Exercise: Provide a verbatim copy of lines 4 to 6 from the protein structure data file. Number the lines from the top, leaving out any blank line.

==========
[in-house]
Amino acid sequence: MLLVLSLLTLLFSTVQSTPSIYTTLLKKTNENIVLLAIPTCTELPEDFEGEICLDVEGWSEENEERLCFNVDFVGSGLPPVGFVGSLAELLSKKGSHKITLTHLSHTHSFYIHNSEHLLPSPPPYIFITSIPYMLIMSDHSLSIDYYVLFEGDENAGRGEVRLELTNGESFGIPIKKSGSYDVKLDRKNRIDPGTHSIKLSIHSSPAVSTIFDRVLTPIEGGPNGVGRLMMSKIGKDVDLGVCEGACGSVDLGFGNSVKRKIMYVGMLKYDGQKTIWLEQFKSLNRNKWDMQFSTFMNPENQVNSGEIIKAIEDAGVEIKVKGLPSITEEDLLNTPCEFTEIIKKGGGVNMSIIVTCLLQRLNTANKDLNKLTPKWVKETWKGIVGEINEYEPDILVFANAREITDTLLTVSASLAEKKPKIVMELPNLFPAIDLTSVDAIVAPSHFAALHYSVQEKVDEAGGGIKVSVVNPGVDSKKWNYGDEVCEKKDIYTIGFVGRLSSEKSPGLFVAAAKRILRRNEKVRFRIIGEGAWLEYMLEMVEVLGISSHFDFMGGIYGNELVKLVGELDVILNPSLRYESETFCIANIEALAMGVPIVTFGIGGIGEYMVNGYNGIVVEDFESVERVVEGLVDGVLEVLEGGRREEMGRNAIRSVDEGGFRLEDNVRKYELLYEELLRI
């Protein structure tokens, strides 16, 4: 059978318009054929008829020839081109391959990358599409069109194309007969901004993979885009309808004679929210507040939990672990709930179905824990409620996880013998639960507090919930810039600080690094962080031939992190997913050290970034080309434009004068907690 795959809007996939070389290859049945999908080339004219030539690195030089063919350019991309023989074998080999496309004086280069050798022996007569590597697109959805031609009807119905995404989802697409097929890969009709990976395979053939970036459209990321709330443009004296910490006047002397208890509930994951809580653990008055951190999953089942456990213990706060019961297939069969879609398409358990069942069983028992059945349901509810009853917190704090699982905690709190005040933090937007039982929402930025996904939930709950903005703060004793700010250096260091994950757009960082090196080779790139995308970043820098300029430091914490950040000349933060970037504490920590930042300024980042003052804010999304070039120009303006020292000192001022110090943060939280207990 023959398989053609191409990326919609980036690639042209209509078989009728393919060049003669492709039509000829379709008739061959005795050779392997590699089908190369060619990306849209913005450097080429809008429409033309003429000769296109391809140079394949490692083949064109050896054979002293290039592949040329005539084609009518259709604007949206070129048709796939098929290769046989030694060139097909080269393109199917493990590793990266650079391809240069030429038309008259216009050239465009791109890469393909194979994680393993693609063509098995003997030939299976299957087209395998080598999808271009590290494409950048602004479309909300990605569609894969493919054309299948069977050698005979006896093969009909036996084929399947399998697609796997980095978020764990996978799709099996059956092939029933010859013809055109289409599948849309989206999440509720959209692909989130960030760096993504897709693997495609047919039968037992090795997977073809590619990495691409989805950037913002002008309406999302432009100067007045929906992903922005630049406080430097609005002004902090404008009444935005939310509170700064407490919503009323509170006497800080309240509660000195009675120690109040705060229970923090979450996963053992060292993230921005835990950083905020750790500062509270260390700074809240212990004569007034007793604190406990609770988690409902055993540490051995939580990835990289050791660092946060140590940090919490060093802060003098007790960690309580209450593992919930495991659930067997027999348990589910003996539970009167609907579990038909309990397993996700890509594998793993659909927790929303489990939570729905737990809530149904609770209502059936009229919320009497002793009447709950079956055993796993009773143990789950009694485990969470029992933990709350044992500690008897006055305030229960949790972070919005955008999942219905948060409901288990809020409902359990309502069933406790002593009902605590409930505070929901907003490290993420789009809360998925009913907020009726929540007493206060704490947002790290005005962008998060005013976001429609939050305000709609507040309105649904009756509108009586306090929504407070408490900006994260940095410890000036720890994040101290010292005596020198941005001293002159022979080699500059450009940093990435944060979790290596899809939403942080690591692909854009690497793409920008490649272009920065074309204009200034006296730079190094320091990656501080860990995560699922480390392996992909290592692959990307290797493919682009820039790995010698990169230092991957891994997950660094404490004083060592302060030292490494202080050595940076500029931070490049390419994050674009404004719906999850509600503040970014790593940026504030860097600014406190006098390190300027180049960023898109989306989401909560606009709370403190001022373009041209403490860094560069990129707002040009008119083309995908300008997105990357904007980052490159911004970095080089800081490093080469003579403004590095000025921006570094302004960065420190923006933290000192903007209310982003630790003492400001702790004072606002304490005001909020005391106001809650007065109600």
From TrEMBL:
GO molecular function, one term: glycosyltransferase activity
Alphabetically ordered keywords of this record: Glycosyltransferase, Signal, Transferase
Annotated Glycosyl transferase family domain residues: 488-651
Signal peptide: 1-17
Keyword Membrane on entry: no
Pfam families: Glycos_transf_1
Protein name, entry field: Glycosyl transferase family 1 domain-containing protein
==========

From TrEMBL:
GO molecular function, one term: glycosyltransferase activity
Alphabetically ordered keywords of this record: Glycosyltransferase, Signal, Transferase